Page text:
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Does the Availability of Parental Health Insurance Affect the College Enrollment Decision of Young Americans?

Author

Listed:
  • Diane M. Harnak Hall

    (Department of Family Studies and Community Development, Towson University)

  • Juergen Jung

    (Department of Economics, Towson University)

  • Thomas Rhoads

    (Department of Economics, Towson University)

Abstract

The present study examines whether the college enrollment decision of young individuals (student full-time, student part-time, non-student) depends on the availability of health insurance from their parents. Our findings indicate that the availability of parental health insurance has strong significant effects on the probability that a young individual enrolls as a full-time student. A young individual who has access to health insurance via a parent is up to 20.5 percent more likely to enroll as a full-time student than an individual without parental health insurance. After controlling for unobserved heterogeneity this probablity drops to 5.7 percent but is still highly significant. We also find that the marginal effect of the availability of parental health insurance has a larger effect on older students between age 21-23. We provide a brief discussion about possible implications of the Affordable Care Act 2010 in this context.

Suggested Citation

  • Diane M. Harnak Hall & Juergen Jung & Thomas Rhoads, 2010. "Does the Availability of Parental Health Insurance Affect the College Enrollment Decision of Young Americans?," Working Papers 2010-05, Towson University, Department of Economics, revised May 2011.
  • Handle: RePEc:tow:wpaper:2010-05
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    References listed on IDEAS

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    Cited by:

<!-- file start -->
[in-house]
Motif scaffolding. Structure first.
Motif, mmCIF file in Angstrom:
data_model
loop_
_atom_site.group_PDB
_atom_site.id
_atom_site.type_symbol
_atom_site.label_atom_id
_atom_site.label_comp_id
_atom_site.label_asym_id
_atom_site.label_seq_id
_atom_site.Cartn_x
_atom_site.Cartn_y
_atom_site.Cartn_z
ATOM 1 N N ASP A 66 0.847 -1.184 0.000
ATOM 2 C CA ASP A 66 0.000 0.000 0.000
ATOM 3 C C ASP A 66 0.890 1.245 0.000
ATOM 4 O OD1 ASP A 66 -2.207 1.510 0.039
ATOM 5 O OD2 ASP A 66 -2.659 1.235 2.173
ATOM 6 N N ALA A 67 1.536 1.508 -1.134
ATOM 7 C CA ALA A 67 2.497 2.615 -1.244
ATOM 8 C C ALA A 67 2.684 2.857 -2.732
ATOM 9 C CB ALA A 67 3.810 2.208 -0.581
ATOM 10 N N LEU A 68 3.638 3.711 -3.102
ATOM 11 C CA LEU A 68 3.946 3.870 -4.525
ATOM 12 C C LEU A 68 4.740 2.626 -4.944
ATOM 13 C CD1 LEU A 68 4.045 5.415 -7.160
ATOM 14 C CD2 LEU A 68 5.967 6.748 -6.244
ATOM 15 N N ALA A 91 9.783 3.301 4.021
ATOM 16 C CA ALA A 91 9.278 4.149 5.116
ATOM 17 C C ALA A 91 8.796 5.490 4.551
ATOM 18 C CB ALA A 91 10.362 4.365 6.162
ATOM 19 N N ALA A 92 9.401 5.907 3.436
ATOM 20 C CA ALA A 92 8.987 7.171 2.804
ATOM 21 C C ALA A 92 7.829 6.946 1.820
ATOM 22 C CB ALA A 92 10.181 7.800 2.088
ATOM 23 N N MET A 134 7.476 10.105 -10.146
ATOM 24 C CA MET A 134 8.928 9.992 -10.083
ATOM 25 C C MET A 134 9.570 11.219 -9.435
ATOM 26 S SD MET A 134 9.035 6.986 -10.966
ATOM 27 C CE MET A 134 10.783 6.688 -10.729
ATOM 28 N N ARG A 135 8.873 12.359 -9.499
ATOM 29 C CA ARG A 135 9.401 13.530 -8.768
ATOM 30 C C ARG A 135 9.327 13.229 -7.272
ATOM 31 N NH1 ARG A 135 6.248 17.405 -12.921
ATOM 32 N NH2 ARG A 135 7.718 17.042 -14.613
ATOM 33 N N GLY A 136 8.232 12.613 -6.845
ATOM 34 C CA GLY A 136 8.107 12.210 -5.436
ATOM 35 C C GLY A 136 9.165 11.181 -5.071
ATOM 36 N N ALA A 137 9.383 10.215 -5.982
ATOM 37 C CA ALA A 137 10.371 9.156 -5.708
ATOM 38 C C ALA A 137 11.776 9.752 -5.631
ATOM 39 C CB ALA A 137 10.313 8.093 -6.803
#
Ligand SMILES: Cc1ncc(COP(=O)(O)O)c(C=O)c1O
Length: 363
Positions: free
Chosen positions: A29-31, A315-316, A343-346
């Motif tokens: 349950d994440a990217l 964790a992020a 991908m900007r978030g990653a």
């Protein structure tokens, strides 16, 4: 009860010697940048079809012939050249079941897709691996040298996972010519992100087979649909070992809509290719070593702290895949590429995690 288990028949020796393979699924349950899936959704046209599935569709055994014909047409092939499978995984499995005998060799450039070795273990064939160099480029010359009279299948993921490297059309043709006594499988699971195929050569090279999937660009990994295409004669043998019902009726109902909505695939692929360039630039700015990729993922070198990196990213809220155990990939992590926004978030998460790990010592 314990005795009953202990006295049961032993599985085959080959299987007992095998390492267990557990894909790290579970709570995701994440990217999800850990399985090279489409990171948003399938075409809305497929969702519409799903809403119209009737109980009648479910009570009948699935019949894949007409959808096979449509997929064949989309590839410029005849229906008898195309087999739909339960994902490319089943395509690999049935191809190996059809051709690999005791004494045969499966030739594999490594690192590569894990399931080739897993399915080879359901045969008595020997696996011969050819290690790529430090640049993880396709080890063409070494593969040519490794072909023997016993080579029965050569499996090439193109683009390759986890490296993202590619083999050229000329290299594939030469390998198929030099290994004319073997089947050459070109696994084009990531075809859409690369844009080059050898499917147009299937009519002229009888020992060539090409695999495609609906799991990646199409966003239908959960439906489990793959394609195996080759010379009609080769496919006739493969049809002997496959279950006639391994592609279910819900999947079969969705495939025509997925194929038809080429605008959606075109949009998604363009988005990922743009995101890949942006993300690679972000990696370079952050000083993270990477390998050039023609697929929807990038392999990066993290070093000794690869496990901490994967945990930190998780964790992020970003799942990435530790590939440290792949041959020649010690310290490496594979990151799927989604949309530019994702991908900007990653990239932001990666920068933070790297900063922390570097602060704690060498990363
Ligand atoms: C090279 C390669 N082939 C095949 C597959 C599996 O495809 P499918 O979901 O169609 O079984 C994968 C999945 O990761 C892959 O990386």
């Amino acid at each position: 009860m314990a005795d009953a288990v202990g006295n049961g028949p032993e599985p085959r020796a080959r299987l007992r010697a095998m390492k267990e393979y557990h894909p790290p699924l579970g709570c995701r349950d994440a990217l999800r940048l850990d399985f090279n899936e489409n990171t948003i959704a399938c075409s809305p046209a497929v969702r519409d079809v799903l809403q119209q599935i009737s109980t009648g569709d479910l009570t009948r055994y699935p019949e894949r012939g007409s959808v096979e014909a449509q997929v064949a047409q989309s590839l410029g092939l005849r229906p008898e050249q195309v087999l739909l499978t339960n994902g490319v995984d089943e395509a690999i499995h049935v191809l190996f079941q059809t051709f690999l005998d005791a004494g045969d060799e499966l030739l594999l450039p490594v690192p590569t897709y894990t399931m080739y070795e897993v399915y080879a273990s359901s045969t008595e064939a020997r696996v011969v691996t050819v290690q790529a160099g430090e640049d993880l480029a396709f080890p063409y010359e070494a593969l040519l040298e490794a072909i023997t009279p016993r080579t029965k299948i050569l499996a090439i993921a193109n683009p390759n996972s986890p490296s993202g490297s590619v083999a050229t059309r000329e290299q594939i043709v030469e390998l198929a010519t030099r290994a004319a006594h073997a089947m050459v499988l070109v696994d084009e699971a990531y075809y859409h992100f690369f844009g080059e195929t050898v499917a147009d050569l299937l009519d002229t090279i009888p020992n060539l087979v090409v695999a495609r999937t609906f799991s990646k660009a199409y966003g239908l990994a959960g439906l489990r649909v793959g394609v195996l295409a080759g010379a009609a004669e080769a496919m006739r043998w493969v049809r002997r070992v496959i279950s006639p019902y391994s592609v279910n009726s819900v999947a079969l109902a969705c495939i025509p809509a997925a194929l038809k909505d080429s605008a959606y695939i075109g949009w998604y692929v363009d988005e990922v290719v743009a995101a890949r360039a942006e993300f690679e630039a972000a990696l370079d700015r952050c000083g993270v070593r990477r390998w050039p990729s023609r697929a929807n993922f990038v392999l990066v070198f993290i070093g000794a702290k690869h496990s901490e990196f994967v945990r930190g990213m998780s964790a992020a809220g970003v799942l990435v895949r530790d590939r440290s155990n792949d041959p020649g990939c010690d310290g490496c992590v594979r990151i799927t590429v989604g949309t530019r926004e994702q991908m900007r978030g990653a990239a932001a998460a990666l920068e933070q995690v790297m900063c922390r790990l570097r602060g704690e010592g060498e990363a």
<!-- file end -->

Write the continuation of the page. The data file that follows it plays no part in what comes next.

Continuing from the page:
1. Bradley Heim & Ithai Lurie & Kosali Simon, 2018. "Did the Affordable Care Act Young Adult Provision Affect Labor Market Outcomes? Analysis Using Tax Data," ILR Review, Cornell University, ILR School, vol. 71(5), pages 1154-1178, October.
    2. Juergen Jung & Vinish Shrestha, 2018. "The Affordable Care Act And College Enrollment Decisions," Economic Inquiry, Western Economic Association International, vol. 56(4), pages 1980-2009, October.
    3. Bradley Heim & Ithai Lurie & Kosali Simon, 2015. "The Impact of the Affordable Care Act Young Adult Provision on Labor Market Outcomes: Evidence from Tax Data," Tax Policy and the Economy, University of Chicago Press, vol. 29(1), pages 133-157.
    4. Li, Yajuan & Palma, Marco A., 2017. "Health Insurance and College Enrollment: Evidence from a Natural Experiment of the Affordable Care Act Dependent Coverage Mandate," 2017 Annual Meeting, July 30-August 1, Chicago, Illinois 258490, Agricultural and Applied Economics Association.
    5. David Yaskewich, 2015. "Dependent Health Insurance Laws and College Enrollment: Is There Evidence of College Lock?," Journal of Family and Economic Issues, Springer, vol. 36(4), pages 557-569, December.
    6. repec:mrr:papers:wp341 is not listed on IDEAS
    7. Mónica García-Pérez, 2019. "DACA Recipients and Their Health Insurance Dream: Employment, Schooling, and Health Coverage," Journal of Economics, Race, and Policy, Springer, vol. 2(1), pages 77-108, June.

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    More about this item

    Keywords

    Occupational choice; health insurance; educational choice; survey of income and program participation (SIPP).;
    All these keywords.

    JEL classification:

    • C35 - Mathematical and Quantitative Methods - - Multiple or Simultaneous Equation Models; Multiple Variables - - - Discrete Regression and Qualitative Choice Models; Discrete Regressors; Proportions
    • I23 - Health, Education, and Welfare - - Education - - - Higher Education; Research Institutions
    • I10 - Health, Education, and Welfare - - Health - - - General

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